I do try to avoid repeating myself, but since the last post I wrote about this topic appeared over a year ago, I will repeat here:
All you need is ...
All you need is love, and maybe not even that
Practically speaking, of course you can't live on love alone. But from the point of view of simplicity and focus, there actually is something to reducing all to one guiding principle. That is exactly what Hillel did in response to the person who demanded that he teach him all of Torah while the listener stood on one foot. Hillel's answer (which is sometimes misquoted as that of the principle that R' Akiva's klal gadol baTorah "veahavta lereacha kamocha" [Love your neighbor as yourself]) was "What is hateful to you, do not do to your neighbor. The rest is commentary; go learn it." So we do have a single guiding principle on which we peg the infinite wisdom of the Torah -- that you not do to another what you don't want done to yourself, even if you haven't yet achieved the level of true ahava [love] for another. Interesting that there are songs of "veahavta lereacha kamocha," but none with the words of Hillel, though, admittedly, they don't have the same rhythm.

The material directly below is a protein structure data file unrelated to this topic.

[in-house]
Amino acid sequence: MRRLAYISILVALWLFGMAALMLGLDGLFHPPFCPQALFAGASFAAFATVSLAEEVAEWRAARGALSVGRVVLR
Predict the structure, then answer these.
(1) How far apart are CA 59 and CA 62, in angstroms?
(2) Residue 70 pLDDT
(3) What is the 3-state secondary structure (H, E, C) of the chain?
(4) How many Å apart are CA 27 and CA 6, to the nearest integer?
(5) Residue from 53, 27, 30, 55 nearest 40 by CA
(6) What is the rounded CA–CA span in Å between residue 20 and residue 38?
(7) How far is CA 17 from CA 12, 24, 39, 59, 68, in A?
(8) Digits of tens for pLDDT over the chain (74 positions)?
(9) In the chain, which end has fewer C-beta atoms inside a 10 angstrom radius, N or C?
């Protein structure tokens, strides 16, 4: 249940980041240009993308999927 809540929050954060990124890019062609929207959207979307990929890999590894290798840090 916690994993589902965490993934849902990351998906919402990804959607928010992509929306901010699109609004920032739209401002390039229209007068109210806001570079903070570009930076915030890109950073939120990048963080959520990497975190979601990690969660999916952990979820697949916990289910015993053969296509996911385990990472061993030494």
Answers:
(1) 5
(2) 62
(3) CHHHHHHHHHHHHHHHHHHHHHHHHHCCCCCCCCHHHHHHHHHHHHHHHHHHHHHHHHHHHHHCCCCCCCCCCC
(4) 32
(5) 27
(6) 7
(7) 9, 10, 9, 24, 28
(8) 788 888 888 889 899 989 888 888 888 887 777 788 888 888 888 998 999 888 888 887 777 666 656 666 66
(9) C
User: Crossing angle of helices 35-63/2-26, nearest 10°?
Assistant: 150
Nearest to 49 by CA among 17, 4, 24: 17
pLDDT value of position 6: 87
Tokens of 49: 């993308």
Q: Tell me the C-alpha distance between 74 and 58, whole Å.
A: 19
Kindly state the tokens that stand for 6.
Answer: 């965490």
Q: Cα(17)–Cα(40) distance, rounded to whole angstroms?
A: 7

*Note added on May 8th: In this week's shir, Rav Goldwicht referred to that Gemara and provided another insight into the connection of the standing on one leg and Hilllel's formulation. He said that his point was that one leg cannot stand alone; it needs the support of another to go forward. Likewise, one Jew does not stand alone (we are not islands) but is inherently connected to his fellow. Consequently, he must treat the other as he would himself, or his own second leg.
Related post: http://kallahmagazine.blogspot.com/2008/03/rabbi-akiva-said-of-himself-that-before.html
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